The bill busts the budget caps, but not by as much as was originally sought.

A big loss was not offsetting or even really evaluating all the tax breaks that were made permanent. We still have a more than $400 billion deficit, and we are more than $18 trillion in debt.

This revenue loss will go right to the nation’s budgetary waistline. But it also may make comprehensive tax reform more likely because you have billions of dollars of additional tax breaks lawmakers can give up to drive down rates. We’ll see. That’s on the to-do list for the next president.

Can you describe the impact public affairs firms or lobbyists have on a budget deal and had on this one?
All lobbyists are not created alike. Some are able to get very targeted benefits, particularly in tax provisions enacted. Others are running into headwinds. At the end of the day it’s not just the PR strategies and lobbyist connections that get it done. It’s the juice of their lawmaker advocates. If they’re not in leadership or positions of power on either the Appropriations, Ways and Means, or Finance Committees they’re not in the room.

That doesn’t mean that the outside work isn’t important. I’m a lobbyist, I speak to the media. But someone has to carry the water.

How about the media?
The media has a tough job. Things are constantly changing and you don’t know if a lawmaker or an advocate is playing you or is being straight up. This type of legislation is like fish, it starts to smell after a few days.

And it often cannot stand up to scrutiny. So it’s key for the policymakers to keep it under wraps until the last moment and then jam it through in a couple days. It is rare for legislation as big as this to pass through the Senate like a hot knife through butter. But there it was, just hours after the House voted, the bill that was only released in the wee hours of Wednesday morning, sliding through the Senate chamber. We’re going to be reading about special interest baubles that were stuck in here for weeks, if not months after it was enacted.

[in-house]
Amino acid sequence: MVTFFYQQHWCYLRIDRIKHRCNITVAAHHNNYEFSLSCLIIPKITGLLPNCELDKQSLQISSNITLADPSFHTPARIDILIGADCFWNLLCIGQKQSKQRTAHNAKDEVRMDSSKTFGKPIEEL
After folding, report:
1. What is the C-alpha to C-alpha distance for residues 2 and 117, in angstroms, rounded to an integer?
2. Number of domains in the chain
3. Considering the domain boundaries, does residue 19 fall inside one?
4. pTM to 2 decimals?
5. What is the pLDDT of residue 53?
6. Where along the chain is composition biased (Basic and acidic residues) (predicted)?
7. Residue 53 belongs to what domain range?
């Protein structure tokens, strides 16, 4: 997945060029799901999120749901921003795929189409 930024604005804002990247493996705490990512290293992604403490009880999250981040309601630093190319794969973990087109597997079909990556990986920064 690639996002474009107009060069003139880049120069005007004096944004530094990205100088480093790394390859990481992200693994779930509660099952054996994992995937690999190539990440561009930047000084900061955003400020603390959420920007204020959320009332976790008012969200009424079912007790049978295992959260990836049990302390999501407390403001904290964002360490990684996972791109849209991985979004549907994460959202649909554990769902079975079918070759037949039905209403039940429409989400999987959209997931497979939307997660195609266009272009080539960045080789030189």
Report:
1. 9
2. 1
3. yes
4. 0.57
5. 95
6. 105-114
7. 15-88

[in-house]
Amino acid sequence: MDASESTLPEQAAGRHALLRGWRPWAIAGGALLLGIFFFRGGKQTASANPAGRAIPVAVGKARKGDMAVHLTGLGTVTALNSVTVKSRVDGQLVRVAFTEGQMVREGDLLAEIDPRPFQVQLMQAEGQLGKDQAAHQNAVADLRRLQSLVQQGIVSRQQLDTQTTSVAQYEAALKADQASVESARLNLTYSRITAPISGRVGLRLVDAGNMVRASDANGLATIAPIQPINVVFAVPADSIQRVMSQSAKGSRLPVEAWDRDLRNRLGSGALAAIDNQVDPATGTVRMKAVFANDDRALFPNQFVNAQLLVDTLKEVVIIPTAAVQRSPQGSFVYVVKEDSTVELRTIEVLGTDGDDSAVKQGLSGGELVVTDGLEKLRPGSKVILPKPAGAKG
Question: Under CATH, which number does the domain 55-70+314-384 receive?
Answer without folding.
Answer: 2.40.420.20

What have been the most challenging issues you've been involved with this year?
There have been a lot. The year started with the Terrorism Risk Insurance Program being renewed for several years, largely unchanged. That was a missed opportunity to shift more of the risk off Uncle Sam and onto the private sector.

You also had the fight to preserve or at least responsibly alter the budget caps. That was a year-long battle that was, as I mentioned, a mixed bag.

We were involved in a lot of energy issues, from loan guarantees to getting a fair return on coal and gas removed from federal lands.

Fighting against wasteful weapon systems like the F-35 that is going to cost the country at least $1 trillion over its 40-year lifetime. There are responsible alternatives. More F-15, F-16, F/A-18s, and some other aircraft to bridge the gap between now and a shift toward unmanned aerial vehicles.

What's next for TCS?
We’re going to continue our fight for responsible budgeting, comprehensive tax reform, and eliminating waste at the Pentagon and elsewhere.

We have been working to develop a more thoughtful and efficient disaster assistance program that puts more emphasis on mitigation and prevention to reduce disaster costs. Put more responsibility on states and localities to manage risk and prepare so it is less costly after the fact.

We want every disaster relief dollar to "pre-spond" to the inevitable next disaster to make people and property less vulnerable and ensure that another dollar doesn’t have to be spent in the same way again.

We’ll be working on energy programs to get taxpayer return on investment and reform the nation’s bloated farm programs, particularly crop insurance.